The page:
Governor closes bars, restaurants, gyms: Gov. Tim Walz’s latest executive order requires bars, restaurants, gyms, coffee shops, breweries and other venues to close to dine-in guests as of 5 p.m. Tuesday. It extends until 5 p.m. March 27 — but Walz said it’s likely that this is just the beginning.
The measure allows businesses to continue takeout and delivery services. It does not cover grocery stores, convenience stores or pharmacies, the governor said. But, some Minnesota lawmakers are asking Walz to reconsider his executive order, calling it premature and that the move will be devastating to small businesses.
Mall of America to temporarily close: Days after many major Minnesota museums and attractions closed, the Mall of America now says it will do the same. The megamall will shut its doors from 5 p.m. Tuesday until at least March 31. “Complying with Governor Walz’ order is the right thing to do for the state, for our tenants, guests, and our team members,” said a statement posted to the mall’s website.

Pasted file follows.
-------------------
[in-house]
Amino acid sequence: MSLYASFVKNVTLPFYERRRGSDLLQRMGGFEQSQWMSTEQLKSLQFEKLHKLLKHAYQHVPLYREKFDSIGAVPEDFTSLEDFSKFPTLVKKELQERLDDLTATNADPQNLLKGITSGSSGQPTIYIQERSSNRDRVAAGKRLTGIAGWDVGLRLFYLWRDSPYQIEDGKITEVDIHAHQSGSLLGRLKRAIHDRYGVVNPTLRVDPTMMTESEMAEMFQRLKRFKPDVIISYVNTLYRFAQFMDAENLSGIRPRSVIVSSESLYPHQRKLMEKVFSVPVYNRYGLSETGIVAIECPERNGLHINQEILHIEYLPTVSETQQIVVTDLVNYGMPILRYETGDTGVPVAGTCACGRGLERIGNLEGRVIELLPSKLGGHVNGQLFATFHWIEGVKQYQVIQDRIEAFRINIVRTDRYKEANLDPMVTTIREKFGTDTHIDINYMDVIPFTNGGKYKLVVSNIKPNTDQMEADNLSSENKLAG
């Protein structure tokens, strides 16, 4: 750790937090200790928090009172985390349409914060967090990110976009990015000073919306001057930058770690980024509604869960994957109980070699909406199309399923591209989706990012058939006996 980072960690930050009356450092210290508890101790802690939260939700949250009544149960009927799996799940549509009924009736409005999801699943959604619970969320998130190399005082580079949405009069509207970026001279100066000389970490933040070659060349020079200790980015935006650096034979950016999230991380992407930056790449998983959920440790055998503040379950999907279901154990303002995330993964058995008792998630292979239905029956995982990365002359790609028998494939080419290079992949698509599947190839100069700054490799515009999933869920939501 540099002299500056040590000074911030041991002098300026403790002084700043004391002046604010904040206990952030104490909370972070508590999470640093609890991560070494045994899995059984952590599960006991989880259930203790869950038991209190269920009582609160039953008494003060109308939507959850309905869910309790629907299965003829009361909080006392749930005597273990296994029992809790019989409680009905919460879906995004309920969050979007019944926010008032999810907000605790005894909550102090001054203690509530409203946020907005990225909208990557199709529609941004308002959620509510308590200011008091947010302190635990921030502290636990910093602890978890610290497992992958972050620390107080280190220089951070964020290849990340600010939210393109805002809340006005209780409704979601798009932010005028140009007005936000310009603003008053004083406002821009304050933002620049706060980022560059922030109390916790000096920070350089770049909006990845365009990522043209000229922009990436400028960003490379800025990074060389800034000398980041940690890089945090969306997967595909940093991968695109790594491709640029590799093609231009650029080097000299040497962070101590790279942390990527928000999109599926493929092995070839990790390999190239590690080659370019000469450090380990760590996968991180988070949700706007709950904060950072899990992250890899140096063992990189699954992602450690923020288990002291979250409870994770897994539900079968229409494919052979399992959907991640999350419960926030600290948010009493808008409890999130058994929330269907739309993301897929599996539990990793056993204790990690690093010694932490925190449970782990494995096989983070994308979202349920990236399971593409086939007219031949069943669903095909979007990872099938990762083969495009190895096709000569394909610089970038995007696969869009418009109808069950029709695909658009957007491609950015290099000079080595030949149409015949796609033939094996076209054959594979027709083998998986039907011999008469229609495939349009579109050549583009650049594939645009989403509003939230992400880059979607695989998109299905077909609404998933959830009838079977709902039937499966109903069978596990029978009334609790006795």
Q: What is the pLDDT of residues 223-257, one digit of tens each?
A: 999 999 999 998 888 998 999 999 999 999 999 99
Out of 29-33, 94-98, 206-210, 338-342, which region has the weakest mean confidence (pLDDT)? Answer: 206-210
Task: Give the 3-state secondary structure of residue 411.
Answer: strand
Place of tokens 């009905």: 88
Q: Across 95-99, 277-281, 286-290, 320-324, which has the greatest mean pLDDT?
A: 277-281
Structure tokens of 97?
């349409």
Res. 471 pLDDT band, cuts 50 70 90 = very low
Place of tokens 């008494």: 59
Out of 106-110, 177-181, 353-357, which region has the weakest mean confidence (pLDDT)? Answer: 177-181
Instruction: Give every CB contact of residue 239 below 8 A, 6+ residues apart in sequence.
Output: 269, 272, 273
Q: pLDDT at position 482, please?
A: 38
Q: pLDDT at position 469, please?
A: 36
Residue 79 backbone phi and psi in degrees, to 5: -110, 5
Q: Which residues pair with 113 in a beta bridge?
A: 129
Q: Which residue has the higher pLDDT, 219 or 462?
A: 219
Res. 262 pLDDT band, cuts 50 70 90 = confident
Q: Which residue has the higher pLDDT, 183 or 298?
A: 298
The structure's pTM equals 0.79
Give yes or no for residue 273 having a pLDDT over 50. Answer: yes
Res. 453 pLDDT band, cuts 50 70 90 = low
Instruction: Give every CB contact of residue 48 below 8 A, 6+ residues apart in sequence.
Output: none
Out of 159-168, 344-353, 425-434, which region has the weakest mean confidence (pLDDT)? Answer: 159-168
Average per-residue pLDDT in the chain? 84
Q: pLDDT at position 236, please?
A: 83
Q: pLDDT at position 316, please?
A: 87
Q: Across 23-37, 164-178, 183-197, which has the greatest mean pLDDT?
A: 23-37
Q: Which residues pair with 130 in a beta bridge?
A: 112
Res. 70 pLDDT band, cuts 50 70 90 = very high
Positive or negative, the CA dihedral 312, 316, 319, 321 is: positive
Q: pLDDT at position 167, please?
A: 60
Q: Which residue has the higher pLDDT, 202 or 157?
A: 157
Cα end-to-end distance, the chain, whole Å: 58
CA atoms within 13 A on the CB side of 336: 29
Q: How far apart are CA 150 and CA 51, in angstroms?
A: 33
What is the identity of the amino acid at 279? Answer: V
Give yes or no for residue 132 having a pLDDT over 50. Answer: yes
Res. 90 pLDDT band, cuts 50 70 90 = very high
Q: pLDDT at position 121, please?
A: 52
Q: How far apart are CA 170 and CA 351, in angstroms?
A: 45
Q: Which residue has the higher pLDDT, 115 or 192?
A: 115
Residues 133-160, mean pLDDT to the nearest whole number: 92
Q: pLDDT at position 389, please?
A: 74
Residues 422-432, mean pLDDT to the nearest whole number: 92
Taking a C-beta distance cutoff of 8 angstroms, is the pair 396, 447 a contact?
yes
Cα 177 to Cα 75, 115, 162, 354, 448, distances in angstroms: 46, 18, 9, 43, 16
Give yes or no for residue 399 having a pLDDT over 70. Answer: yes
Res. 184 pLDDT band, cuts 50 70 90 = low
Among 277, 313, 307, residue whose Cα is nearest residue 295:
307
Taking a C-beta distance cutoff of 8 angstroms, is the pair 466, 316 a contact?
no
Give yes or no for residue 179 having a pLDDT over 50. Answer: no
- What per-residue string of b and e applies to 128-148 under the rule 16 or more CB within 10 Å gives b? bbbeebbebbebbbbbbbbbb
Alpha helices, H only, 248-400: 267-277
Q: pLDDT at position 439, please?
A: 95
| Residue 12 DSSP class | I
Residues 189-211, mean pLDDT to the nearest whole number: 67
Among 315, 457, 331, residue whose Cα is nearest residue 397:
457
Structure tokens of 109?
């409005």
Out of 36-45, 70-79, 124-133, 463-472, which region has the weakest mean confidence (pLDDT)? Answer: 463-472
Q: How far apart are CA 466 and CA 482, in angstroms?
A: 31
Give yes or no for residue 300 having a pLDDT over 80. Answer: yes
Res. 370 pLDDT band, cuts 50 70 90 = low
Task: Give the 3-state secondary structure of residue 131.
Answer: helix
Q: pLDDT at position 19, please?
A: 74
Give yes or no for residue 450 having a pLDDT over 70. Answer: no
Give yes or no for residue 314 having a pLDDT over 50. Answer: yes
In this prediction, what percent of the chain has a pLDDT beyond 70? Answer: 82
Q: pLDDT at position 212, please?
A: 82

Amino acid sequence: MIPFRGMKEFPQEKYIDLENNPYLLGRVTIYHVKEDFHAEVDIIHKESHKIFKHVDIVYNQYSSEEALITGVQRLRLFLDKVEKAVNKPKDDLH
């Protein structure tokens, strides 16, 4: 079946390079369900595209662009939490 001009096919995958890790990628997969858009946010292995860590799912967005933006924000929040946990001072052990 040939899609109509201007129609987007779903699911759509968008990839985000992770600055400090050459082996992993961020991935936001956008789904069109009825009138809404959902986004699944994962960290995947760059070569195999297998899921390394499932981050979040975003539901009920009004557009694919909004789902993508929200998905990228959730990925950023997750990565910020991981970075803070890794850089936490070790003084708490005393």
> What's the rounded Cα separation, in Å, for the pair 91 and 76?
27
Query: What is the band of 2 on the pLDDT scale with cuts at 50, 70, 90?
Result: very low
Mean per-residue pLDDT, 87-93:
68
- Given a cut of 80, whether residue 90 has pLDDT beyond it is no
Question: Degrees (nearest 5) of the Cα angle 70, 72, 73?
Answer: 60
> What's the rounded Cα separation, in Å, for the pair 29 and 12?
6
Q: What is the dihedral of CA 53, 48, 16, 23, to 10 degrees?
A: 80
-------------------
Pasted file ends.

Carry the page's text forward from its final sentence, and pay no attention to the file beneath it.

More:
Workers affected by coronavirus can apply for unemployment benefits: Workers can file for benefits if they had their hours reduced or lost their jobs as a result of the COVID-19 pandemic. The state agency says people should apply for benefits as soon as possible. Delaying may result in some benefit losses.
Minnesota hospitals warn of a possible surge: There are about 130 hospitals in Minnesota with around 11,100 beds, not counting state-run facilities, Veterans Affairs hospitals and Indian Health Service hospitals.